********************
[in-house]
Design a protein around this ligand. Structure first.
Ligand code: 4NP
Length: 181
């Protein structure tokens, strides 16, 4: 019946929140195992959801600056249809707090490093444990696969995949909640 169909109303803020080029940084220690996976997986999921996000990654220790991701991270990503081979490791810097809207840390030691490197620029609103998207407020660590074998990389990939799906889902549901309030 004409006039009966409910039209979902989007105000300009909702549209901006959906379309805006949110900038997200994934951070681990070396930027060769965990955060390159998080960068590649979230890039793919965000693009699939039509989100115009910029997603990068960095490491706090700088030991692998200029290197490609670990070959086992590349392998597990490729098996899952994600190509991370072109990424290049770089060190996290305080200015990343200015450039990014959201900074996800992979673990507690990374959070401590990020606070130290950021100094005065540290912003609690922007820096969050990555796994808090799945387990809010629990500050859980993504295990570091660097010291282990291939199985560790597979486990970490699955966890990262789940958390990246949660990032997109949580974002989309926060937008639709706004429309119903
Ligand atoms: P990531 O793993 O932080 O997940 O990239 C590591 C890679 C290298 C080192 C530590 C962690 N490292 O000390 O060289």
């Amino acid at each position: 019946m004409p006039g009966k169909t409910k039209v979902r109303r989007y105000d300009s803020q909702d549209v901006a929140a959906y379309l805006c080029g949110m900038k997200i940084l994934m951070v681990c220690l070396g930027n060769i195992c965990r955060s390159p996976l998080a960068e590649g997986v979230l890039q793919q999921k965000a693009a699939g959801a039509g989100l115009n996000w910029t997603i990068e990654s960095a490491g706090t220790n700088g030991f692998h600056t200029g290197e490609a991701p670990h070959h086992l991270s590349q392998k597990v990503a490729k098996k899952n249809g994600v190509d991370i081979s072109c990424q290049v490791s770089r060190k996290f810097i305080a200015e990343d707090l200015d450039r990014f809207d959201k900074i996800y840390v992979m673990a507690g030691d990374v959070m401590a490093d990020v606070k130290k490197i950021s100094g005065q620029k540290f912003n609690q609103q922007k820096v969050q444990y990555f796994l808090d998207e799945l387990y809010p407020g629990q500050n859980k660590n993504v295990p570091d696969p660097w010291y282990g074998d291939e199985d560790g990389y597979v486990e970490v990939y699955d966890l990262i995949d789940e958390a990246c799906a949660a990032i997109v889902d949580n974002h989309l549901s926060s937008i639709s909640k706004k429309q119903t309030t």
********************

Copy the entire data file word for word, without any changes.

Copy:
[in-house]
Design a protein around this ligand. Structure first.
Ligand code: 4NP
Length: 181
């Protein structure tokens, strides 16, 4: 019946929140195992959801600056249809707090490093444990696969995949909640 169909109303803020080029940084220690996976997986999921996000990654220790991701991270990503081979490791810097809207840390030691490197620029609103998207407020660590074998990389990939799906889902549901309030 004409006039009966409910039209979902989007105000300009909702549209901006959906379309805006949110900038997200994934951070681990070396930027060769965990955060390159998080960068590649979230890039793919965000693009699939039509989100115009910029997603990068960095490491706090700088030991692998200029290197490609670990070959086992590349392998597990490729098996899952994600190509991370072109990424290049770089060190996290305080200015990343200015450039990014959201900074996800992979673990507690990374959070401590990020606070130290950021100094005065540290912003609690922007820096969050990555796994808090799945387990809010629990500050859980993504295990570091660097010291282990291939199985560790597979486990970490699955966890990262789940958390990246949660990032997109949580974002989309926060937008639709706004429309119903
Ligand atoms: P990531 O793993 O932080 O997940 O990239 C590591 C890679 C290298 C080192 C530590 C962690 N490292 O000390 O060289």
């Amino acid at each position: 019946m004409p006039g009966k169909t409910k039209v979902r109303r989007y105000d300009s803020q909702d549209v901006a929140a959906y379309l805006c080029g949110m900038k997200i940084l994934m951070v681990c220690l070396g930027n060769i195992c965990r955060s390159p996976l998080a960068e590649g997986v979230l890039q793919q999921k965000a693009a699939g959801a039509g989100l115009n996000w910029t997603i990068e990654s960095a490491g706090t220790n700088g030991f692998h600056t200029g290197e490609a991701p670990h070959h086992l991270s590349q392998k597990v990503a490729k098996k899952n249809g994600v190509d991370i081979s072109c990424q290049v490791s770089r060190k996290f810097i305080a200015e990343d707090l200015d450039r990014f809207d959201k900074i996800y840390v992979m673990a507690g030691d990374v959070m401590a490093d990020v606070k130290k490197i950021s100094g005065q620029k540290f912003n609690q609103q922007k820096v969050q444990y990555f796994l808090d998207e799945l387990y809010p407020g629990q500050n859980k660590n993504v295990p570091d696969p660097w010291y282990g074998d291939e199985d560790g990389y597979v486990e970490v990939y699955d966890l990262i995949d789940e958390a990246c799906a949660a990032i997109v889902d949580n974002h989309l549901s926060s937008i639709s909640k706004k429309q119903t309030t």